Water voles: National Trust releasing 100 in Yorkshire Dales


About 100 water voles are to be released in the Yorkshire Dales.

Ecologists from the National Trust plan to release the new colony into Malham Tarn, England’s highest freshwater lake.

It will be the first time voles have been in high Yorkshire Dales in 50 years.

Vole numbers have dropped by almost 90% in recent decades, and they have become one of the UK’s most threatened mammals.

The animals being released have been bred in captivity and will be introduced in batches over five days.

They will spend two days in cages along the banks of the lake, before the cage doors are opened on the third day.

‘Perfect habitat’

Ecologists will place apples and carrots on floating rafts near the cages to tempt the voles out into their new environment.

Once fully introduced into the wild, they will largely eat grass, reeds and roots.

Roisin Black, a National Trust ranger at Malham Tarn, said: “In the rest of Europe, water voles are common. In Britain, the creatures are incredibly rare.


“We know water voles have thrived at Malham Tarn in the past and thanks to work by the National Trust, the habitat here is perfect for water voles again.”

The UK’s water vole population was decimated in the 1960s, largely by American mink that had escaped from fur farms.

Water voles live in burrows dug into banks along slow-moving rivers, streams or ditches.

The population has been unable to recover, largely due its natural habitat being destroyed by intensive farming, pollution and flood plains being concreted over.

American minkNorth American mink, escaped into the wild in the UK from fur farms, are predators of water voles

Mink have not been seen in the region of Malham Tarn for 10 years.

Rangers say they will closely monitor the area for any signs of the predators by setting devices that can capture their footprints.

Natural predators

Ecologists hope the voles being released at Malham Tarn will improve the local ecosystem, saying their burrowing should provide the space for rare species of moss and liverwort to thrive.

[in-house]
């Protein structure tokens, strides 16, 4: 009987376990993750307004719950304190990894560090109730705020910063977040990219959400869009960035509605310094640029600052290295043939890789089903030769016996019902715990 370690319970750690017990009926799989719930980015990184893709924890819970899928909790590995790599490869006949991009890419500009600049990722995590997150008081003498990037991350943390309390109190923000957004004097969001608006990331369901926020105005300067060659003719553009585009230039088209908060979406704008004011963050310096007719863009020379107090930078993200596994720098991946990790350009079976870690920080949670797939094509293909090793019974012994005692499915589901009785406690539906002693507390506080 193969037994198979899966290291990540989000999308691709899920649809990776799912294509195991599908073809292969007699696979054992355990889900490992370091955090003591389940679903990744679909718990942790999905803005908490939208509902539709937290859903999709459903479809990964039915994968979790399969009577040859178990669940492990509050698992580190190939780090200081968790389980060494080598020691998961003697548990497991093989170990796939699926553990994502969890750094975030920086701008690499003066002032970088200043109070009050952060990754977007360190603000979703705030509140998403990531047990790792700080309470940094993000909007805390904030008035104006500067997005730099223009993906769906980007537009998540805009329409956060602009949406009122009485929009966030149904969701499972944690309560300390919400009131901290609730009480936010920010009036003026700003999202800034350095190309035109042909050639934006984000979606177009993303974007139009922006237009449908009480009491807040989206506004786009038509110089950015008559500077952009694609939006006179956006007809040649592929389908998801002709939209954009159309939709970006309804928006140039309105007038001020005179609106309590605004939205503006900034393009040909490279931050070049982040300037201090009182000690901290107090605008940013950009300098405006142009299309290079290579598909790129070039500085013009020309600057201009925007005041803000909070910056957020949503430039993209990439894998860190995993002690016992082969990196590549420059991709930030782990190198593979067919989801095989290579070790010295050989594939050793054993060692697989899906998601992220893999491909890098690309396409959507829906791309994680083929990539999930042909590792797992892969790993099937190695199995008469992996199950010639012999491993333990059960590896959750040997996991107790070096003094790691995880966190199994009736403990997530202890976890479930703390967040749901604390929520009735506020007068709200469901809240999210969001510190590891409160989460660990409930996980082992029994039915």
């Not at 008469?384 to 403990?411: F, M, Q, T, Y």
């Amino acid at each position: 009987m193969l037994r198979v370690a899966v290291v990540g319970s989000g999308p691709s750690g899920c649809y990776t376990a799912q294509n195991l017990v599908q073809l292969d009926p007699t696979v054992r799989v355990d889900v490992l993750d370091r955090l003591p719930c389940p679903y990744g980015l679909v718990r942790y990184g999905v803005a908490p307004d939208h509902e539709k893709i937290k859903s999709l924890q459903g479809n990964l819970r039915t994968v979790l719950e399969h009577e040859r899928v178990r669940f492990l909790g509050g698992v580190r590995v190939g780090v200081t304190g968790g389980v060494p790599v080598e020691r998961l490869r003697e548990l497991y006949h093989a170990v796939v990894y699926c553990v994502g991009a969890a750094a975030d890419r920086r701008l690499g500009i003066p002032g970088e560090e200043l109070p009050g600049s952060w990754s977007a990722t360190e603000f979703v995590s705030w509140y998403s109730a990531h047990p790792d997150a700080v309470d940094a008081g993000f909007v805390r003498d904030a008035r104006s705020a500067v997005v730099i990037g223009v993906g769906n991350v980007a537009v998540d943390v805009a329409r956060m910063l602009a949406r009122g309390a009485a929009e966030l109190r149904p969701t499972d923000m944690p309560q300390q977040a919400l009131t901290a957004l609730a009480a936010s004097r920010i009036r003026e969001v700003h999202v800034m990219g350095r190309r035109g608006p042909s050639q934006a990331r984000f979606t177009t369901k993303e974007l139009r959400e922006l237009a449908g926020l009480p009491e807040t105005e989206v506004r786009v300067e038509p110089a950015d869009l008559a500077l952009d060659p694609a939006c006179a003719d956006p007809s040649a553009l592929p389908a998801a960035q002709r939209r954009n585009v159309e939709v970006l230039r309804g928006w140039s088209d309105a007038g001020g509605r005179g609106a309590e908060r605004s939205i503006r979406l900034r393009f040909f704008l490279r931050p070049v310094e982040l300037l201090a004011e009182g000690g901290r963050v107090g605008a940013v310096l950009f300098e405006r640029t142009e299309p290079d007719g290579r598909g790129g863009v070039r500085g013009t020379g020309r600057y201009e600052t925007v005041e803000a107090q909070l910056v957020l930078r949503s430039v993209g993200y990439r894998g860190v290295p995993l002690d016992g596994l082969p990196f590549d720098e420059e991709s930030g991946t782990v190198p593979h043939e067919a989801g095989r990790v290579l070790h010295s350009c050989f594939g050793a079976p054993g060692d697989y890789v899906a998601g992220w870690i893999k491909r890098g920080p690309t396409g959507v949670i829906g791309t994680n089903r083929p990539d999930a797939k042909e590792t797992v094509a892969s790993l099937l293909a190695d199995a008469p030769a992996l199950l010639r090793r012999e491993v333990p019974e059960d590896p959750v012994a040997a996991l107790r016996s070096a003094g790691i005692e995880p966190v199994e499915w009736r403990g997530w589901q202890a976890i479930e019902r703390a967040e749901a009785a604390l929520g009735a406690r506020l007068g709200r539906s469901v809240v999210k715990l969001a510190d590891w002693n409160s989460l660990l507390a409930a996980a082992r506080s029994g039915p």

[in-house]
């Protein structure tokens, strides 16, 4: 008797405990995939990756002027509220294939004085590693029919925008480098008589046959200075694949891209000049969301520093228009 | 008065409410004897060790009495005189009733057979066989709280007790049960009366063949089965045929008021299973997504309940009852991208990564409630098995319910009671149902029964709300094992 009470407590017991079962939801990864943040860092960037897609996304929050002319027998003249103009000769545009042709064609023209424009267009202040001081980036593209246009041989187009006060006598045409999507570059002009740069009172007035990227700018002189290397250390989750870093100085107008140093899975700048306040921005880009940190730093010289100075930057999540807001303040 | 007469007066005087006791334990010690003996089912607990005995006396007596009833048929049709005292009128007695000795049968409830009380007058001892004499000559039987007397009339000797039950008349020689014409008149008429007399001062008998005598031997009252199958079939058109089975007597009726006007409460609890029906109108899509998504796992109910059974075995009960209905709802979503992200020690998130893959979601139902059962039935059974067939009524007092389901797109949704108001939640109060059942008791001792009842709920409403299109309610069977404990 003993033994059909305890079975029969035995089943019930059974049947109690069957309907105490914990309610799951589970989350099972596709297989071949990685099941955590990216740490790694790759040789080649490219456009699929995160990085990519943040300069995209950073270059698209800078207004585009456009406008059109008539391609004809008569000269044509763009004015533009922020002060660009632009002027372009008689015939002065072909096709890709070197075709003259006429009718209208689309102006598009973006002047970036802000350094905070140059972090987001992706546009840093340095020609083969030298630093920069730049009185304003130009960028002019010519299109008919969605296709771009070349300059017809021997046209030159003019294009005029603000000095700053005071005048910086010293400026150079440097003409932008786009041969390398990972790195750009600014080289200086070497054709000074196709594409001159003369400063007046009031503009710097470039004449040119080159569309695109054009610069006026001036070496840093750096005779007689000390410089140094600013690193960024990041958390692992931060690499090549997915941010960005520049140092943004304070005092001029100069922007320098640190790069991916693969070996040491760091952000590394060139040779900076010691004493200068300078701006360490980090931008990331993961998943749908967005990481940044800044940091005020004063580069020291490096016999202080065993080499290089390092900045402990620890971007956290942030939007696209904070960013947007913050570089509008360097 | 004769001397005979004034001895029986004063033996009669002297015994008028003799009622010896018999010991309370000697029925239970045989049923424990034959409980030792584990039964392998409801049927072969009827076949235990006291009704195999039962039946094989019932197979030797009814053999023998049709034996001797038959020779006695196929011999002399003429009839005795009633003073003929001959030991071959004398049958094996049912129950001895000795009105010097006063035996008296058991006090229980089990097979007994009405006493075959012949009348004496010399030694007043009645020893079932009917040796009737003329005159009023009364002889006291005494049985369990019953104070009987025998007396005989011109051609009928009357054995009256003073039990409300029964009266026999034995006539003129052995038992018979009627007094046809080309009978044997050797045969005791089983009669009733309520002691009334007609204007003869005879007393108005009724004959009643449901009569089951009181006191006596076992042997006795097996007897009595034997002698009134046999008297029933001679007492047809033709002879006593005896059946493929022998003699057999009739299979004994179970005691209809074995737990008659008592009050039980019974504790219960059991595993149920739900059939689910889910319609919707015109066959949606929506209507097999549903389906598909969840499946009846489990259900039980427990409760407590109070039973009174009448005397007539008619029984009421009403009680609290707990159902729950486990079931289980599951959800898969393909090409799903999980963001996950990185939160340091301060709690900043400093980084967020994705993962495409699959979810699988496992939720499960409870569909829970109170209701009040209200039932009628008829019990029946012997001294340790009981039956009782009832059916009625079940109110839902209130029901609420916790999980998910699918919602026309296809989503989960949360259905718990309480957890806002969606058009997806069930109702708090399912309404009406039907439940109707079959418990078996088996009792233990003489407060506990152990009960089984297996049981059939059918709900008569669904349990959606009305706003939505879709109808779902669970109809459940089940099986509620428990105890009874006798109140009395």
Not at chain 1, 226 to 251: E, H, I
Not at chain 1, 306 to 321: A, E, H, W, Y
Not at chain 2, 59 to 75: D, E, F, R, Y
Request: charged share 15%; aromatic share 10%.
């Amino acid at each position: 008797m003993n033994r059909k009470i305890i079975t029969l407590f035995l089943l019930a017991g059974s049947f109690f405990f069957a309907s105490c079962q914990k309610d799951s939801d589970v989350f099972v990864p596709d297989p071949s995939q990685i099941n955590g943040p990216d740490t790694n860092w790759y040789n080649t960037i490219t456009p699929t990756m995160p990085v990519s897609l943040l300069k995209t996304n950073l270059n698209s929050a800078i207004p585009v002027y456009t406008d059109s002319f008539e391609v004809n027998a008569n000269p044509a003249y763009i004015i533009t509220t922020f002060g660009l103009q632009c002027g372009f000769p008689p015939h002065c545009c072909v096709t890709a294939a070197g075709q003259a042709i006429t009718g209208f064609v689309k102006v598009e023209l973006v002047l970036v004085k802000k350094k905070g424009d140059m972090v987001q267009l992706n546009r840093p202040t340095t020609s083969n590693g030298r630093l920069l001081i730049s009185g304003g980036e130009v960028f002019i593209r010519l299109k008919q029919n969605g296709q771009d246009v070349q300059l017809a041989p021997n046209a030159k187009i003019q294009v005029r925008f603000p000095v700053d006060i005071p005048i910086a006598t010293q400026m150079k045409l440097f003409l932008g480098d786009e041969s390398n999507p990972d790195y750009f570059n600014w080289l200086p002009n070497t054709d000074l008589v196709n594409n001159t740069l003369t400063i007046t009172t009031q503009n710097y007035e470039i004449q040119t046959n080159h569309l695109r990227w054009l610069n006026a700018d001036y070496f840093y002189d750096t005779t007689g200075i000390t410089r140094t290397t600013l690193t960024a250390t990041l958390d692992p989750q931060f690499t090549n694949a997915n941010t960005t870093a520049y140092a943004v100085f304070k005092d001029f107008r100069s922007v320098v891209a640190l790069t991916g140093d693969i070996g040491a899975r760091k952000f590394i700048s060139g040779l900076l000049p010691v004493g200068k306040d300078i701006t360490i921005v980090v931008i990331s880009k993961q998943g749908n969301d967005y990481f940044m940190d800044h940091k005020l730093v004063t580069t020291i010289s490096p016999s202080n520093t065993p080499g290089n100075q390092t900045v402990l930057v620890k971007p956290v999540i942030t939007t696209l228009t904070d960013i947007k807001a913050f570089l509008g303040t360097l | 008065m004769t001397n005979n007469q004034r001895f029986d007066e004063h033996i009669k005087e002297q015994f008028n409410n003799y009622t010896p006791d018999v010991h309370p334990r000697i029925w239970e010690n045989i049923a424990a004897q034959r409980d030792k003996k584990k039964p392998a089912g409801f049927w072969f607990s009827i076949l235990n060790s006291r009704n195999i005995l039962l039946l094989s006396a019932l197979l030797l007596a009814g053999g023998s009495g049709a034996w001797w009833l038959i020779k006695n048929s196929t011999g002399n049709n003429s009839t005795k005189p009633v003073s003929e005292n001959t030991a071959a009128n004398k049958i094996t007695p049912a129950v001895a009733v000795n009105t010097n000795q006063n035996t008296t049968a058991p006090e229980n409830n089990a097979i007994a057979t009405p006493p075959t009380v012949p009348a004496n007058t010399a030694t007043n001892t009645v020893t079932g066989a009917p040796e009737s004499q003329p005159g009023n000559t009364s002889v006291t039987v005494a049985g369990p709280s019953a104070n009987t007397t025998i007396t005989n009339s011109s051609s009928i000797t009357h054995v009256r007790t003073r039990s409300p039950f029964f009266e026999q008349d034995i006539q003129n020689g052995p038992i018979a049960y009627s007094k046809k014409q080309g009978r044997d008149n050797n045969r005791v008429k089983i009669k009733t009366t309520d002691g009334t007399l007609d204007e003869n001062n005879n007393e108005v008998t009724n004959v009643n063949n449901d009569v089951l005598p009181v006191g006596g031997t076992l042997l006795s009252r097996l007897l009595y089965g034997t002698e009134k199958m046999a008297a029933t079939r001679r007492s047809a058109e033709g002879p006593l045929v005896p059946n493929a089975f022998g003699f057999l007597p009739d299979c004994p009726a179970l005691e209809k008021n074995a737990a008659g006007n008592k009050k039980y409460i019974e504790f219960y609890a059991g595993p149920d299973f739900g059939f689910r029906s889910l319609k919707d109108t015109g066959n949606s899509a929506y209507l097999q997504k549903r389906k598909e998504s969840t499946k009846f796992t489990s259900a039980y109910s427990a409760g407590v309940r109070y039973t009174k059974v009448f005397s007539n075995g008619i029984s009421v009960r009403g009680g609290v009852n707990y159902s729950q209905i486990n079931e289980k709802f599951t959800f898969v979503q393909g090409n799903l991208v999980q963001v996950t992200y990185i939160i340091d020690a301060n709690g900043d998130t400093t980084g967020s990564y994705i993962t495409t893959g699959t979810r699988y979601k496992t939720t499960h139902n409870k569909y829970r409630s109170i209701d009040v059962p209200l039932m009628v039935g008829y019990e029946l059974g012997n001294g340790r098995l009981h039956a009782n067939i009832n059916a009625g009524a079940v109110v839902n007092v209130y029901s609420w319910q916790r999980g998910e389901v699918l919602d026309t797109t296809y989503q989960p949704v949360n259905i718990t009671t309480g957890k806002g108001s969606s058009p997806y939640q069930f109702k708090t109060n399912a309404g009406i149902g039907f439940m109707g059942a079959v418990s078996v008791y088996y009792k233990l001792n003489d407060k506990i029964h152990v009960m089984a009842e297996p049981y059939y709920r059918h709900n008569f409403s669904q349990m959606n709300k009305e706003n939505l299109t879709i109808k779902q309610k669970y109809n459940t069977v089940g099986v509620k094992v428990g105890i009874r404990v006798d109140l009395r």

They will also be food for struggling predators such as barn owls and otters.

National Trust rangers will monitor the colony over the coming year.

They should produce between two and five litters every year, with up to eight pups in each litter.

If the water voles in the reintroduction project flourish, ecologists say they plan to breed and release another 100 next year.

Article taken from: http://www.bbc.co.uk/news/science-environment-37127152


Fighting for the Yorkshire beagles in the High Court

Cruelty Free International has taken legal action against the Home Office and its plans to expand a horrific Yorkshire beagle farm for animal experiments.


Tens of thousands of dogs are imprisoned in laboratories around the world, and injected with or force-fed substances. They can suffer horrific effects such as vomiting, diarrhoea, internal bleeding, organ damage, seizures, paralysis and even death.

These poor animals are often supplied by purpose-built breeding facilities, which churn out litter after litter of puppies. They are then separated from their mothers and sent off to be experimented on. Their mothers, meanwhile, are generally kept as ‘breeding machines’ until they no longer ‘serve a purpose’ and are killed.


The story so far:
In 2011 animal breeding and rearing company, Bantin & Kingman Ltd (B&K), applied for planning permission to expand its Yorkshire beagle farm. This was so that it could breed thousands of dogs for experiments. But, following intensive campaigning, the application was rejected. The rejection was on the grounds that B&K had not provided enough information on how it would manage the noise from the dogs, which could be a ‘nuisance’ for local residents.

In 2013 B&K made a fresh application which addressed some of the planning concerns that had been raised previously. But part of its proposal to manage noise was to ensure dogs were not given any access to outdoor runs. However, EU law requires dog breeding establishments to provide dogs with outside access wherever possible. So it was no longer just a planning issue; there were legal implications too. B&K therefore needed permission from the UK Home Office not to have outside runs.